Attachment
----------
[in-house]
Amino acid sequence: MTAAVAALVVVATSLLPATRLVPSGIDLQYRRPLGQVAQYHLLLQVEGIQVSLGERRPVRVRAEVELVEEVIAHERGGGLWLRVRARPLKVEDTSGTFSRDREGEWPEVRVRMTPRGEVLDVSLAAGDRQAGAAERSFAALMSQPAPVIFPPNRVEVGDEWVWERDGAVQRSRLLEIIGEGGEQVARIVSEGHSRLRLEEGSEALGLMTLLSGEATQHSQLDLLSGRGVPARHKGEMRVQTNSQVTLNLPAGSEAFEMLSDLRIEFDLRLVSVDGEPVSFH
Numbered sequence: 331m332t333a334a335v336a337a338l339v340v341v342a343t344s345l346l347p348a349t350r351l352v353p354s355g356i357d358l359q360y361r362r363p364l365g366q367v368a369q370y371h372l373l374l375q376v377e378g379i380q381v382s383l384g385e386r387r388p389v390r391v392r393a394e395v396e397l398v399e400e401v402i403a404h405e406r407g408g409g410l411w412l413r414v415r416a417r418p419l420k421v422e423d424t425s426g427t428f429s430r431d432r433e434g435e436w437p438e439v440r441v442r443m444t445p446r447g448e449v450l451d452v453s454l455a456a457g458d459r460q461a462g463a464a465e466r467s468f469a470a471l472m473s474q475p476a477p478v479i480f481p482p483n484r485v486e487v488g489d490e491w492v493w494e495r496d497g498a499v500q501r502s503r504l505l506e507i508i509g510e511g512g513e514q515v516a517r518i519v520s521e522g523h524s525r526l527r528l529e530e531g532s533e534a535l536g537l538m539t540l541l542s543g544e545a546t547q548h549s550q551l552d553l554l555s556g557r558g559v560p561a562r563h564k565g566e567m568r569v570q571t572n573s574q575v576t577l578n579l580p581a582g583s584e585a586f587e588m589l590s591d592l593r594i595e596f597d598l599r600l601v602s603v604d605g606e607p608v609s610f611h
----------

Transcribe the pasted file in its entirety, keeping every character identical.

[in-house]
Amino acid sequence: MTAAVAALVVVATSLLPATRLVPSGIDLQYRRPLGQVAQYHLLLQVEGIQVSLGERRPVRVRAEVELVEEVIAHERGGGLWLRVRARPLKVEDTSGTFSRDREGEWPEVRVRMTPRGEVLDVSLAAGDRQAGAAERSFAALMSQPAPVIFPPNRVEVGDEWVWERDGAVQRSRLLEIIGEGGEQVARIVSEGHSRLRLEEGSEALGLMTLLSGEATQHSQLDLLSGRGVPARHKGEMRVQTNSQVTLNLPAGSEAFEMLSDLRIEFDLRLVSVDGEPVSFH
Numbered sequence: 331m332t333a334a335v336a337a338l339v340v341v342a343t344s345l346l347p348a349t350r351l352v353p354s355g356i357d358l359q360y361r362r363p364l365g366q367v368a369q370y371h372l373l374l375q376v377e378g379i380q381v382s383l384g385e386r387r388p389v390r391v392r393a394e395v396e397l398v399e400e401v402i403a404h405e406r407g408g409g410l411w412l413r414v415r416a417r418p419l420k421v422e423d424t425s426g427t428f429s430r431d432r433e434g435e436w437p438e439v440r441v442r443m444t445p446r447g448e449v450l451d452v453s454l455a456a457g458d459r460q461a462g463a464a465e466r467s468f469a470a471l472m473s474q475p476a477p478v479i480f481p482p483n484r485v486e487v488g489d490e491w492v493w494e495r496d497g498a499v500q501r502s503r504l505l506e507i508i509g510e511g512g513e514q515v516a517r518i519v520s521e522g523h524s525r526l527r528l529e530e531g532s533e534a535l536g537l538m539t540l541l542s543g544e545a546t547q548h549s550q551l552d553l554l555s556g557r558g559v560p561a562r563h564k565g566e567m568r569v570q571t572n573s574q575v576t577l578n579l580p581a582g583s584e585a586f587e588m589l590s591d592l593r594i595e596f597d598l599r600l601v602s603v604d605g606e607p608v609s610f611h